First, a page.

With this in mind, we are pleased to say that at Speak Volumes we are able to offer stuttering therapy either in-clinic, or using telehealth (Skype/telephone) to enable all individuals with a stuttering problem to access world leading, evidence based programs resulting in effective treatment and better outcomes.

For more information regarding the Lidcombe Program or the Camperdown Program please see here:

What can I do to communicate better with people who stutter?

People who stutter generally want you to talk to them as you would anyone else! They are usually very aware that their speech is dysfluent, and at times it may take them longer to finish their sentence. This often hurries them to speak, leading to even more difficulties with producing smooth speech. Unfortunately, though, this sometimes leads the person to feel pressure to speak quickly. Try not to look away, interrupt, fill in words, or ask them to “slow down”, “breathe” or “try it again”. These pressures hurry them to speak, leading to more pressure and more dysfluencies. By making well-meaning suggestions you may be implying that the stutter should be easy to overcome – but it is not.

When talking with people who stutter, the best thing you can do is give them the time they need without commenting or hurrying them.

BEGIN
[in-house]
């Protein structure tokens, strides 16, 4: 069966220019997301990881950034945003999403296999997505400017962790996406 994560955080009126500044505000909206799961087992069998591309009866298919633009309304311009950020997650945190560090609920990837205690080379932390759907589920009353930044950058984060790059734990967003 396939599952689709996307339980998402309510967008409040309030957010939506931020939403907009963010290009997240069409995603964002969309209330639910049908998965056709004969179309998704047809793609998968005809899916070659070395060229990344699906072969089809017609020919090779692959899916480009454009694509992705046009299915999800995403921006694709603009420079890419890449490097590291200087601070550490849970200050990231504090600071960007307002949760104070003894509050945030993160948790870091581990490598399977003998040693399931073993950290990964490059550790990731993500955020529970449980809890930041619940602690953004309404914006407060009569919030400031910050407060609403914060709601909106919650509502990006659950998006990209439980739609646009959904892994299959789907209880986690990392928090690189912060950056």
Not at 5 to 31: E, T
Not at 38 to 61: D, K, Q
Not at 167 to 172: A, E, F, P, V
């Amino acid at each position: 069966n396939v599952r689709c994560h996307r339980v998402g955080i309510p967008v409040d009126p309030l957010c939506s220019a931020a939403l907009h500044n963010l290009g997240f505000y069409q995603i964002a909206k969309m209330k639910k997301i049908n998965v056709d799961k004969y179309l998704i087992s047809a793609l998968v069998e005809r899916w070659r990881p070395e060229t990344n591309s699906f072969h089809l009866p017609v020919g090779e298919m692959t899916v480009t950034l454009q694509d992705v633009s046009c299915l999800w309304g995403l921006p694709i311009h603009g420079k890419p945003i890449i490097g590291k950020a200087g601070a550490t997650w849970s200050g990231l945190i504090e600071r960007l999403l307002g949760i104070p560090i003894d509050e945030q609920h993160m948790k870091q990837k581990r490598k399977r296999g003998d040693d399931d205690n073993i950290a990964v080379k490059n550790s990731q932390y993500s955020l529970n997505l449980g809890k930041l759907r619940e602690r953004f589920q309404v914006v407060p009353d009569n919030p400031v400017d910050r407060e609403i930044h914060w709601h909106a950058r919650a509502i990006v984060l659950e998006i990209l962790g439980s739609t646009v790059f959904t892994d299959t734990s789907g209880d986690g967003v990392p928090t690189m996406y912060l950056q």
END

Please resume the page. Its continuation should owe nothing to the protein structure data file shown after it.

When an individual is unable to speak, they lose one of their most basic human rights. In order to maximise communication potential, reduce frustration, and/or promote speech and language development, we may look at alternative options such as Augmentative and alternative communication (AAC).

AAC includes all forms of communication (other than speech) as a means to express thoughts, needs, wants, and ideas. AAC can be basic (such as facial expressions, gestures, writing, or use of symbols and pictures), or it can be more high tech such as speech generating devices and electronic communication aids. People with severe speech or language problems may require AAC to support existing speech or provide verbal output for non-verbal clients. This may increase social interaction, school performance, and feelings of self-worth.

Clients using AAC should not stop using speech if they are able to do so. AAC is used as a way to promote and enhance effective communication skills, not as a replacement for speech.

When looking at available AAC options, we consider the client’s skills and abilities to determine the most appropriate AAC device for each client (e.g: use of fingers/hands/feet/eye gaze/cognition and ability to see/write/gesture).

For more information please see:

The International Society for Augmentative and Alternative Communication (ISAAC)

The AAC institute